Ohio Business Insurance
When insuring your business, you want to make sure you work with an insurance agent that is interested in making sure your business is fully covered and who knows what your particular business needs are. Unlike personal lines insurance which is used to insure homes, personal automobiles, motorcycles, and boats, every business is different, and has different needs when it comes to insurance coverage.
Some of the different types of Ohio business insurance coverage’s include:
- General Liability – the standard commercial general liability insurance policy insuring agreement promises that the insurer will pay for all liability arising from bodily injury or property damage occurring during the policy period and
in the policy territory.
- Professional Liability – designed to protect traditional professionals (e.g., accountants, attorneys) and quasi-professionals (e.g., real estate brokers, consultants) against liability incurred as a result of errors and omissions in performing their professional services.
- Commercial (Business) Auto – a commercial auto policy that includes auto liability and auto physical damage coverage’s; other coverage’s are available by endorsement. Except for auto-related businesses and motor carrier or trucking firms, the business auto policy (BAP) addresses the needs of most commercial entities as respects auto insurance.
- Cyber Insurance – protection against damages resulting from electronic threats to your computer systems or data. These threats can result in things like stolen or damaged information and expensive liability and recovery costs.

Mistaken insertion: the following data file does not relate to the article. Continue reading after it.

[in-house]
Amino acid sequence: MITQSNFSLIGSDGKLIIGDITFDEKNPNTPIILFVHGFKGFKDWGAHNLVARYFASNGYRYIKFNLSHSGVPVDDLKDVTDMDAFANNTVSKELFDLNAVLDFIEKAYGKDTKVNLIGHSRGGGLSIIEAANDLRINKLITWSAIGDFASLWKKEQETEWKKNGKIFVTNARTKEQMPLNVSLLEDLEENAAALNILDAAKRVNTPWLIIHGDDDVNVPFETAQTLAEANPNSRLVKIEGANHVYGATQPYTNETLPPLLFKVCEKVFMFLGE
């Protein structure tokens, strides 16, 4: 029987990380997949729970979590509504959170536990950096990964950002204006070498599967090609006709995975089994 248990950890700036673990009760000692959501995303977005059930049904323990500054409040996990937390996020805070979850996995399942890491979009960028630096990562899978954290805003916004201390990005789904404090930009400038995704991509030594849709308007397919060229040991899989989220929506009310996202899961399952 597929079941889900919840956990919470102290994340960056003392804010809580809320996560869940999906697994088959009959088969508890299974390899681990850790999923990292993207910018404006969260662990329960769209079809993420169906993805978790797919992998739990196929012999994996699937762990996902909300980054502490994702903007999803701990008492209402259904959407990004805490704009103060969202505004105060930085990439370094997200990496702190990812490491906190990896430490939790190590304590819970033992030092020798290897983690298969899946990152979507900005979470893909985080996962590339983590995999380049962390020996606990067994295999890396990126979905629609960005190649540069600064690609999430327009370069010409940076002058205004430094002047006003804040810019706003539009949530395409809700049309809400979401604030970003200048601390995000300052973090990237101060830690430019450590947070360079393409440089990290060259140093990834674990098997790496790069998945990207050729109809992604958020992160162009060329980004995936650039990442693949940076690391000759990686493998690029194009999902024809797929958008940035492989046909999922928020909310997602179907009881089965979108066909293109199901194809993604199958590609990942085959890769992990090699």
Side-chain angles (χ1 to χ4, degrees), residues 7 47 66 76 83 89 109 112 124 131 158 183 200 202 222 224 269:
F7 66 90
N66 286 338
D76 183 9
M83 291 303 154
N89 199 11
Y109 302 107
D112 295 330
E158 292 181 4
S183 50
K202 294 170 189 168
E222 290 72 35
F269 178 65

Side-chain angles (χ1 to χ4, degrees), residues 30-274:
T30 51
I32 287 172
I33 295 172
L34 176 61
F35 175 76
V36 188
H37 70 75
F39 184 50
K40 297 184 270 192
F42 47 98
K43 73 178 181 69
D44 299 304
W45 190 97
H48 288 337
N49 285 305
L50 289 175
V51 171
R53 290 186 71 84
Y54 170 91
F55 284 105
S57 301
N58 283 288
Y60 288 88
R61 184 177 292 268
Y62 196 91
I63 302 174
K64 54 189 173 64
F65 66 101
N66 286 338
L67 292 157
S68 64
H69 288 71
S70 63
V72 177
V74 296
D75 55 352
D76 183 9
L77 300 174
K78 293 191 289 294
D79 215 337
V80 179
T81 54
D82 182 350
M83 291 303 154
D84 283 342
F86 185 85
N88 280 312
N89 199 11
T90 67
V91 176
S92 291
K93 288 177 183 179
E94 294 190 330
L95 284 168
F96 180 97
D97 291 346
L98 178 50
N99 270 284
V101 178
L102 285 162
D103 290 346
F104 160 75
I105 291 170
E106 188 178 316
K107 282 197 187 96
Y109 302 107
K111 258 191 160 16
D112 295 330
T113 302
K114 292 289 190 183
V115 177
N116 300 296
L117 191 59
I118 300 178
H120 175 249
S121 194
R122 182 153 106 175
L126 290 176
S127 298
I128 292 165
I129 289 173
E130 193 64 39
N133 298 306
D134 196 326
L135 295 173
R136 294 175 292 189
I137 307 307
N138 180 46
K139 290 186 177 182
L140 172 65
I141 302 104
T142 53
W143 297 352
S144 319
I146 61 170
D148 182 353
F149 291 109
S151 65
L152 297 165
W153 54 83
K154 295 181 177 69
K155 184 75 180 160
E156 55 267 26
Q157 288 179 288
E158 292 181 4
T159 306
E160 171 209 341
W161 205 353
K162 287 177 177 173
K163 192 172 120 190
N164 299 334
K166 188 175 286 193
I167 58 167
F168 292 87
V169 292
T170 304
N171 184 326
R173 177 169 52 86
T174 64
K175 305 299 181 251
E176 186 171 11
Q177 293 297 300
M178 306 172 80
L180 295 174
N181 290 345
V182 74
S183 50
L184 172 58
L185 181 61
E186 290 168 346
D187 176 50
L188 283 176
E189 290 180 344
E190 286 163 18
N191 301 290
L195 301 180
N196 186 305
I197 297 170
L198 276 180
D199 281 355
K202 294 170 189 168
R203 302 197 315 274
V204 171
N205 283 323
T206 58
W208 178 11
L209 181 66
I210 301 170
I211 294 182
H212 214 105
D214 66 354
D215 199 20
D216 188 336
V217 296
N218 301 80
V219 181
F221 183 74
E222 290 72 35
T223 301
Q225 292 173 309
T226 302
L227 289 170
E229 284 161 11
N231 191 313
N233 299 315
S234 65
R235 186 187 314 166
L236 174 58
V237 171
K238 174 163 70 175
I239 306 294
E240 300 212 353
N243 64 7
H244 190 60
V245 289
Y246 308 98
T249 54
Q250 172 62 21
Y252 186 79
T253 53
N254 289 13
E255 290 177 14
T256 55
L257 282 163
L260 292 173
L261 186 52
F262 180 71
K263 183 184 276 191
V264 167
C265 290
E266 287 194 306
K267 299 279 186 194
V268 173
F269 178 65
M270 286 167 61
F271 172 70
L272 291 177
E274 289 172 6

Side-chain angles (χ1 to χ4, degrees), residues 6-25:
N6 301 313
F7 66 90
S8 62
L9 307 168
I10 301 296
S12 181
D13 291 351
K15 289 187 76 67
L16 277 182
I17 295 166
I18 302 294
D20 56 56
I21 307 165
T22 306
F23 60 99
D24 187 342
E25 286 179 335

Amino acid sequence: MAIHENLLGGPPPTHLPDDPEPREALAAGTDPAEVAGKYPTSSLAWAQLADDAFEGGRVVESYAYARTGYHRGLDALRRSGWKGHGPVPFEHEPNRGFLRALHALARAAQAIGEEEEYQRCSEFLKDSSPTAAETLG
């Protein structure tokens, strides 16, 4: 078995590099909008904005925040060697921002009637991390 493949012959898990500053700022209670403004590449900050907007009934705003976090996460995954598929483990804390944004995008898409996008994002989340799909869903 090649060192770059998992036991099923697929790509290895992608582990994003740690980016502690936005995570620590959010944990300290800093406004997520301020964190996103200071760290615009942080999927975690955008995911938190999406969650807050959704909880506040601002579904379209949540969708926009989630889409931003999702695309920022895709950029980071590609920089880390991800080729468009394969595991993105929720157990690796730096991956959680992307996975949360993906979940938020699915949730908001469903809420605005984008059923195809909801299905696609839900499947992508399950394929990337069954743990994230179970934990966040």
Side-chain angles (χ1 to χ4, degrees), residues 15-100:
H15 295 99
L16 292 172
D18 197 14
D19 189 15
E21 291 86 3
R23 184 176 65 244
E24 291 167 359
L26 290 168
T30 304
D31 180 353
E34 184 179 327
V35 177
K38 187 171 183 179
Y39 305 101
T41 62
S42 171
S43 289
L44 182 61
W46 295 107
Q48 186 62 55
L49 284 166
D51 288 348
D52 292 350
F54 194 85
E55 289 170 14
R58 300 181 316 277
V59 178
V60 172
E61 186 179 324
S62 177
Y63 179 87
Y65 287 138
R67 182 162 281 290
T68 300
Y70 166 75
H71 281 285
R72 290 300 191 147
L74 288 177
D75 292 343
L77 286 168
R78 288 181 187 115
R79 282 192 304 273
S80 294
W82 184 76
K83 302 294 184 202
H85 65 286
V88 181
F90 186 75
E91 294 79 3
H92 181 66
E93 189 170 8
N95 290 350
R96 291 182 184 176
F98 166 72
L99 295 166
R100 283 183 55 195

- Products & Completed Operations – one of the hazards ordinarily insured by a general liability policy. It encompasses liability arising out of the insured’s products or business operations conducted away from the insured’s premises once those operations have been completed or abandoned.
- Building and Personal Property – a type of commercial insurance policy designed to cover direct physical damage or loss to commercial property and its contents
- Pollution Liability – a contractor-based policy, offered on a claims-made or occurrence basis, that provides third-party coverage for bodily injury, property damage, defense, cleanup, and related defense costs as a result of pollution conditions (sudden/accidental or gradual) arising from contracting operations performed by or on behalf of the contractor.